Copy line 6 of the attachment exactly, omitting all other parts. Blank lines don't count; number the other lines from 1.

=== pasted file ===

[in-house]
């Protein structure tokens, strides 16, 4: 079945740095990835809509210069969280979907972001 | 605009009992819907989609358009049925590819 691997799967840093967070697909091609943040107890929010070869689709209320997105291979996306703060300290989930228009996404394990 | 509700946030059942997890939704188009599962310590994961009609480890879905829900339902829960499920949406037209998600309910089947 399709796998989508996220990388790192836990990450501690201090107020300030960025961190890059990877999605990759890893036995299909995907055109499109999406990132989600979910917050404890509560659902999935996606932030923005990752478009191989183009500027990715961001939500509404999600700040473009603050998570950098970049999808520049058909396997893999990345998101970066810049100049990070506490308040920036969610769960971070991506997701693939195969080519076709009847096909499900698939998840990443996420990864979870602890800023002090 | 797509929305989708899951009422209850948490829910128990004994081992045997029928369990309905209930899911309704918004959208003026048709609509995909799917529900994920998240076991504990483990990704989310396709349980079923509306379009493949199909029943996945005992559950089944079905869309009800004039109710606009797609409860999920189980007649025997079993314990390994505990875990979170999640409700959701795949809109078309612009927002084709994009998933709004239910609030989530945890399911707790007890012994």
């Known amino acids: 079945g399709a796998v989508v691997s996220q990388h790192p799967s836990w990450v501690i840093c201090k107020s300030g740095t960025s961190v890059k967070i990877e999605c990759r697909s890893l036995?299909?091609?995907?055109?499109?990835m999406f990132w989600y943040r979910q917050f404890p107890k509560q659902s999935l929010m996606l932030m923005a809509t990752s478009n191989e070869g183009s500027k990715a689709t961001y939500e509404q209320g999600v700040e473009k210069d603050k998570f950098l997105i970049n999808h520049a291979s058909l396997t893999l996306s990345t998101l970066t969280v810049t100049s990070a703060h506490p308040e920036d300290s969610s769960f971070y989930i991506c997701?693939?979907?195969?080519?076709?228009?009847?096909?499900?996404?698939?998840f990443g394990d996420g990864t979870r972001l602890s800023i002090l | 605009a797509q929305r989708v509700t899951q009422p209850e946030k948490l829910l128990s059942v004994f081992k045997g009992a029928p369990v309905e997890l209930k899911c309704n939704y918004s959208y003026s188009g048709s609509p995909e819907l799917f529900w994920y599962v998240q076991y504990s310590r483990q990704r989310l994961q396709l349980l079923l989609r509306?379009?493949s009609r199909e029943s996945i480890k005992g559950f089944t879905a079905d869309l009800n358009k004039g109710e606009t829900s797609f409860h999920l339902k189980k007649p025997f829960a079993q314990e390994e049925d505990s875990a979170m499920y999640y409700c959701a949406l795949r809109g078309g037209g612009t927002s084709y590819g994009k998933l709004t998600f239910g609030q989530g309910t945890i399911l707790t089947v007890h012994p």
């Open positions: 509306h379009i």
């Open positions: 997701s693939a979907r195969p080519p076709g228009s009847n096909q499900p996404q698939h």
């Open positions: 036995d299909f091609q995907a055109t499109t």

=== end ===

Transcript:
């Open positions: 036995d299909f091609q995907a055109t499109t």